The biggest concern for new applications of the MinION is its shaky accuracy. While most sequencers can achieve comfortably over 99% consensus with reference sequences, Graveley’s group has seen only about 90% identity with the MinION. That’s actually a little better than most MinION users have managed, although the device’s accuracy has been steadily improving. Users have had to pick their projects carefully to account for this: the device is pretty reliable in resequencing studies that map DNA reads to known references, but it’s still a dubious choice for sequencing unknown genetic material from scratch (although it’s been tried).
To accurately pin down the exact isoforms in the transcriptome, the MinION didn’t have to read every RNA molecule perfectly, but it did have to come close enough to decisively tell one exon from another ― and in Dscam1, those exons could be as much as 80% identical.
In fact, Graveley and his co-authors found that the MinION was very capable of this. Out of around 33,000 high-quality Dscam1 reads pulled off the sequencer, almost 29,000 were a strong match for one and only one combination of exons. To further check their accuracy, the team also sequenced the same sample on Illumina technology. While the Illumina sequencer could not give whole isoforms, it did show the same proportions of different exons, suggesting that the MinION gave a complete and unbiased picture of the sample.
“Alternative splicing, it turns out, is probably one of the ideal applications for this platform,” Graveley says. “Even with a gene as complicated as this one, we’re able to accurately distinguish the isoforms from one another. Unless you have very, very small exons, or two exons that are almost identical to each other, the accuracy is good enough.”
Make Way for PromethION
The results are good news for researchers studying the transcriptome, but the MinION probably won’t push out other methods for dealing with alternative splicing just yet. Its low throughput means that at best it can cover a very small portion of the transcriptome with each run ― and that means isolating targeted RNA transcripts, a process that can introduce new biases into the data.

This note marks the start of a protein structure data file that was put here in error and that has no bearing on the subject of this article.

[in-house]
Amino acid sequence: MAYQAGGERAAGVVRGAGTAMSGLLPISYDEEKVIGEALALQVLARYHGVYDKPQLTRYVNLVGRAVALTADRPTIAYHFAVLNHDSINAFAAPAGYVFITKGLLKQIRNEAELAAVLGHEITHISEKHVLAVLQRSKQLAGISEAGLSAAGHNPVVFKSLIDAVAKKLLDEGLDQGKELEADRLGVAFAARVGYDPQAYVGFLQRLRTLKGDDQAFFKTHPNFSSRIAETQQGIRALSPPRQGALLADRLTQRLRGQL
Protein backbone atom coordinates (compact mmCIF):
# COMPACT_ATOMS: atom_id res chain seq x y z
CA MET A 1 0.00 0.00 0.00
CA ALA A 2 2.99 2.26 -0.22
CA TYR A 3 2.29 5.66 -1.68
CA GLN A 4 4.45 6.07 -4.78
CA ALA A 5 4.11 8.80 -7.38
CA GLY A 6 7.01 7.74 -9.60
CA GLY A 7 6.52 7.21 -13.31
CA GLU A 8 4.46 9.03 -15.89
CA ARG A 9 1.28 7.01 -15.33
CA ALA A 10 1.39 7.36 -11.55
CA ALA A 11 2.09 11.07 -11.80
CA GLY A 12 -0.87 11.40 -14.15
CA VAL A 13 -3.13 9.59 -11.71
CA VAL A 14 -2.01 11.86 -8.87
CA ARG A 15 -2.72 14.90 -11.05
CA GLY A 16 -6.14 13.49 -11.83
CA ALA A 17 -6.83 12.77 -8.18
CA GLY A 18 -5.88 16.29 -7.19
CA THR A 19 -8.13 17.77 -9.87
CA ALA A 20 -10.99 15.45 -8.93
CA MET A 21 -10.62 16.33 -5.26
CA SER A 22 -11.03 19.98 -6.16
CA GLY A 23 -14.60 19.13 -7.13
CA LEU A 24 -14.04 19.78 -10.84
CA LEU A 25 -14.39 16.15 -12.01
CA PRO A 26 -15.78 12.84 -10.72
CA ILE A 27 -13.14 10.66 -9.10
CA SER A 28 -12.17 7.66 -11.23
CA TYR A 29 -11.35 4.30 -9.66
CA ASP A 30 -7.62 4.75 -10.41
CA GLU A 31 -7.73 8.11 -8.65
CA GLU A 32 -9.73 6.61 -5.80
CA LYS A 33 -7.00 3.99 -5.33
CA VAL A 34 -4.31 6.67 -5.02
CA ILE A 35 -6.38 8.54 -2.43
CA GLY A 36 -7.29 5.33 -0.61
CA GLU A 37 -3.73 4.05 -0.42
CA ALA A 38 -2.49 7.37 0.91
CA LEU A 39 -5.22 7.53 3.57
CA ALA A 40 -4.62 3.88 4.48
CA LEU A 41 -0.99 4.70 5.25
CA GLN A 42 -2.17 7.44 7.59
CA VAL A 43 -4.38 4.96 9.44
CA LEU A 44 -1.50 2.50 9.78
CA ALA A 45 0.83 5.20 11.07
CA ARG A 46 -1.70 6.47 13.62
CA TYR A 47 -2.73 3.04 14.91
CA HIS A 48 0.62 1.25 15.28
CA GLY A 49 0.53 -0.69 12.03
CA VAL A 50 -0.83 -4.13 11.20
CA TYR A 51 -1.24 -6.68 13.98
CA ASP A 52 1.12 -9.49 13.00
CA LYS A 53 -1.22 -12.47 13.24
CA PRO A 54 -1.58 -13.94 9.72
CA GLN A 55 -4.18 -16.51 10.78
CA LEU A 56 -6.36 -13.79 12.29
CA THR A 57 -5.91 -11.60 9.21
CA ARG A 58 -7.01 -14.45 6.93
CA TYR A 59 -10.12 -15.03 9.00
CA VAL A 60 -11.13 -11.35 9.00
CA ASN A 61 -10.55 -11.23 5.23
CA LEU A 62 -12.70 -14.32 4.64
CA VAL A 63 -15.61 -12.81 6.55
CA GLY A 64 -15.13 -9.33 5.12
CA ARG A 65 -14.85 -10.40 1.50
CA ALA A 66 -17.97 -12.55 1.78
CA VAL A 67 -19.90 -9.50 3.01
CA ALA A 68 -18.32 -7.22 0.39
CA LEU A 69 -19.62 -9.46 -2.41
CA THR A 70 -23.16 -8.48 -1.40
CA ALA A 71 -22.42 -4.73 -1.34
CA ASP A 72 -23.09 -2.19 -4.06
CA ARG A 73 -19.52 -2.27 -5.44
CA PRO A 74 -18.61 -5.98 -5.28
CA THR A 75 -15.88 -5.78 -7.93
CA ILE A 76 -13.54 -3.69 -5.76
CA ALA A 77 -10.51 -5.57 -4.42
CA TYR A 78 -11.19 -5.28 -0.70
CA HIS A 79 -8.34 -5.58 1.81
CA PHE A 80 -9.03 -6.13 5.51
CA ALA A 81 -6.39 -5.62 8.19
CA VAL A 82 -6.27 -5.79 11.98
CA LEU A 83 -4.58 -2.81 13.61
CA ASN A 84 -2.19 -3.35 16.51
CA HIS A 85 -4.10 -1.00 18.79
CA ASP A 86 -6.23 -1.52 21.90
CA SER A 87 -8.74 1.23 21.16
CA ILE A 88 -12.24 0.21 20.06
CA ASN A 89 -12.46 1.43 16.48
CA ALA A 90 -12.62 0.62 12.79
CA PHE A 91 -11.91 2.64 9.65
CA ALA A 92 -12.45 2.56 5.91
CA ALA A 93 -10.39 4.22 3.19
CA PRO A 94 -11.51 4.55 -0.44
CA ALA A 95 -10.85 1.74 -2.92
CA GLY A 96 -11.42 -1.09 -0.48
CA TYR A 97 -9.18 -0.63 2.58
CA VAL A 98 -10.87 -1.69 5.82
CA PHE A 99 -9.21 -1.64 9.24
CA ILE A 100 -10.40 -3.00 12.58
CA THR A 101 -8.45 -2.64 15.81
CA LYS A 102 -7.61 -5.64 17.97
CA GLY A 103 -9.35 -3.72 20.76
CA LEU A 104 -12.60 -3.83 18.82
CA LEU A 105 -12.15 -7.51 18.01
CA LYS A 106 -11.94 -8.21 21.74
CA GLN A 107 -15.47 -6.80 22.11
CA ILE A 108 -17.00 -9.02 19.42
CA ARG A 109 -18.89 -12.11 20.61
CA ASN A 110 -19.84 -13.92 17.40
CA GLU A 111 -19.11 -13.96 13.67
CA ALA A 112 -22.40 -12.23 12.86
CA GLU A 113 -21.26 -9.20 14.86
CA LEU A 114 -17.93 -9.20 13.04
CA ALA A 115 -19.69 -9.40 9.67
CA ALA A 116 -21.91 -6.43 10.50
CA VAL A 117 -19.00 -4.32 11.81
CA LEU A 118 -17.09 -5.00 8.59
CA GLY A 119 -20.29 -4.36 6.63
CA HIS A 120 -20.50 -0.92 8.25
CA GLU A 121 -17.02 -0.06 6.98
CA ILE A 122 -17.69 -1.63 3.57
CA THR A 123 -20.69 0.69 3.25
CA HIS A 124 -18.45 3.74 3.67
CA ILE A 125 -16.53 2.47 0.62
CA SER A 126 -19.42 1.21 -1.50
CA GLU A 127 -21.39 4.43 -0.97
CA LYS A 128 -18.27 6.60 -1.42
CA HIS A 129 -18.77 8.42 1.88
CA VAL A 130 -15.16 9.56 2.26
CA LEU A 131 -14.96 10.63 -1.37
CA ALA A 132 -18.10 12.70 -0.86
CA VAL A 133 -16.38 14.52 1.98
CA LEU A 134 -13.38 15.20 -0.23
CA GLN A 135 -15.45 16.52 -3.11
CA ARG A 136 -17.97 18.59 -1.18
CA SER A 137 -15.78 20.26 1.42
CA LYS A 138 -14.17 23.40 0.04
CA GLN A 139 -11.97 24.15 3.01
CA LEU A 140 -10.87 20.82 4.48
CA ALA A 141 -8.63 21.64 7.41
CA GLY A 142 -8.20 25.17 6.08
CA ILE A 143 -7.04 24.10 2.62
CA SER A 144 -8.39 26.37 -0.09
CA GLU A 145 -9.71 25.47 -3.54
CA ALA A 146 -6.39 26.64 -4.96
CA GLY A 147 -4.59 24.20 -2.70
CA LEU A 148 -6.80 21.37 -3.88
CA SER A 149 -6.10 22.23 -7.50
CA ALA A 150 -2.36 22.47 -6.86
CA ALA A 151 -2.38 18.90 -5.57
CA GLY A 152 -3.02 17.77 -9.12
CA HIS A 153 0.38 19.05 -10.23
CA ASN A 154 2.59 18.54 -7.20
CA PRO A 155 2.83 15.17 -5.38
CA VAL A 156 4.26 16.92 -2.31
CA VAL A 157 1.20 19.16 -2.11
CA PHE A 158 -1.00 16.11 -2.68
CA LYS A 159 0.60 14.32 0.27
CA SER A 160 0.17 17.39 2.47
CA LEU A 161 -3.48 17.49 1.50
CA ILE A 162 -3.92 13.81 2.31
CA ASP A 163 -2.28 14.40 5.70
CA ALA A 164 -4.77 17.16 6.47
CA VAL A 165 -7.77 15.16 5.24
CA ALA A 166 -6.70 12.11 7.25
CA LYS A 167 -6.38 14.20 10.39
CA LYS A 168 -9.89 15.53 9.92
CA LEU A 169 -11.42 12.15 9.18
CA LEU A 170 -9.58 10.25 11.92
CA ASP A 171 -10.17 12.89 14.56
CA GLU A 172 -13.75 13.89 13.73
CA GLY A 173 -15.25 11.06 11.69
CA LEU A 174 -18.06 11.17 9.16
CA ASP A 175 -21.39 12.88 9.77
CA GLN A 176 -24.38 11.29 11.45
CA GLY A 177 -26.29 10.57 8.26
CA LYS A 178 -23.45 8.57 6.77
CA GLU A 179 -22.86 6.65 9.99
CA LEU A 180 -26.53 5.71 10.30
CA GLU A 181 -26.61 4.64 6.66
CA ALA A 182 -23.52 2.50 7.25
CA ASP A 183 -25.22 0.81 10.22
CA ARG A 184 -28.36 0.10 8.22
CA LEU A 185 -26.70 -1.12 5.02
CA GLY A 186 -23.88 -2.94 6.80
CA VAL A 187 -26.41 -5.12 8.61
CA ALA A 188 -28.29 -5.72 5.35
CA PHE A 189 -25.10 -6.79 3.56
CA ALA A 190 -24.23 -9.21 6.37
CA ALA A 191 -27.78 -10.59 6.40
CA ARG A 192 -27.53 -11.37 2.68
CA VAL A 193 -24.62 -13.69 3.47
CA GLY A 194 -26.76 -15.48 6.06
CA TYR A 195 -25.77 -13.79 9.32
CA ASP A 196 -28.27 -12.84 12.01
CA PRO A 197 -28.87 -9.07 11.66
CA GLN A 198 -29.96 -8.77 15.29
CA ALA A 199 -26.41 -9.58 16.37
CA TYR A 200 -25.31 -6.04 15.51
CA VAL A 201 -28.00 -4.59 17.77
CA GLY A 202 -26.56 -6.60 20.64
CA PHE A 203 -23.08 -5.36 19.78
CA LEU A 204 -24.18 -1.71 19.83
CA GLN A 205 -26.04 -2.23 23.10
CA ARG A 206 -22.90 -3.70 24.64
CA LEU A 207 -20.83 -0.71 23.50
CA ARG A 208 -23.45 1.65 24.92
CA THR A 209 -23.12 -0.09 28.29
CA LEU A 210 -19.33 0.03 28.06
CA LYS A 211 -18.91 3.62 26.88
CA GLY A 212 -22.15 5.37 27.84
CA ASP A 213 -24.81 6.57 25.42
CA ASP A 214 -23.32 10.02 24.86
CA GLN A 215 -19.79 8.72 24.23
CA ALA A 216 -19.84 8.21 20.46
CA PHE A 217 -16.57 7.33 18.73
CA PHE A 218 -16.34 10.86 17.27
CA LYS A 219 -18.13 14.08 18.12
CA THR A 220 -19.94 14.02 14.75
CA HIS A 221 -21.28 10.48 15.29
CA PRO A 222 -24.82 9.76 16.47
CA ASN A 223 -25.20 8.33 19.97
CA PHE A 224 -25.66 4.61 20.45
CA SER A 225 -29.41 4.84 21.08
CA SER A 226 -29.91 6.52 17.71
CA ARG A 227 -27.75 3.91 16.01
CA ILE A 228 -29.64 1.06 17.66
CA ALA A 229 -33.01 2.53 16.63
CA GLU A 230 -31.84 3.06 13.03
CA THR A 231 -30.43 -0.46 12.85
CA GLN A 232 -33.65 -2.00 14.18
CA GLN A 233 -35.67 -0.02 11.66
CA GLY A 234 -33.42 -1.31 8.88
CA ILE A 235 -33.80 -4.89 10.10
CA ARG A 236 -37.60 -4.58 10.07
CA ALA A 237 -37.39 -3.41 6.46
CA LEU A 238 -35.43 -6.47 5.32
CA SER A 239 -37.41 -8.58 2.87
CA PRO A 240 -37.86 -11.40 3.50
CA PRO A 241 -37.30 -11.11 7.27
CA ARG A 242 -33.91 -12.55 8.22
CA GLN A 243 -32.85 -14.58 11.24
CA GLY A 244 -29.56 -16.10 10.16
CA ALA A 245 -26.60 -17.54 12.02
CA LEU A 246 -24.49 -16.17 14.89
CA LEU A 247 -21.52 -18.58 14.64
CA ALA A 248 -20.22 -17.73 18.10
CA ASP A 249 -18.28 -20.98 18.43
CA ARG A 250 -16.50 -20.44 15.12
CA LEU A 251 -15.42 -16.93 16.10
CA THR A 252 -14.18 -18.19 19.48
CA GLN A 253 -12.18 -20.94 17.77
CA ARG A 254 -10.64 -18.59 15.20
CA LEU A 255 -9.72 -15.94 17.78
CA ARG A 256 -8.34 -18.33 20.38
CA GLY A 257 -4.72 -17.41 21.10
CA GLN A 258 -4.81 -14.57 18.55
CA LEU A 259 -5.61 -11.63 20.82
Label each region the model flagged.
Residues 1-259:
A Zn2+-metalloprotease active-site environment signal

“You need a lot of reads to get the whole transcriptome, and what happens is you end up sequencing boring genes like actin and tubulin, the really abundantly expressed things,” Graveley explains. Still, his data from this experiment was good enough to replicate a few earlier findings: for instance, that Dscam1 does appear to make every predicted isoform. In this experiment, his lab observed almost half the possible isoforms, containing 92 of 93 possible exons.
Meanwhile, Oxford Nanopore Technologies is working on a new instrument, the PromethION, which will contain 48 MinION-style flow cells in a battery. Graveley has already signed on to be one of the first recipients, in an access program that is likely to start in the winter.
Judging by studies like this one, the PromethION stands a good chance of becoming the instrument of choice for large-scale RNA sequencing. With Dscam1, Graveley hopes to reach high enough throughput to do functional studies, seeking to learn whether different combinations of isoforms give rise to physical or behavioral differences. He also wants to look at human genes with high levels of alternative splicing, and to test whether the MinION can accurately count total numbers of RNA isoforms.
“The fact that you can use this technology to characterize whole isoforms is very exciting,” Graveley says. “It’s going to help us start characterizing the transcriptome in ways that have been very difficult.”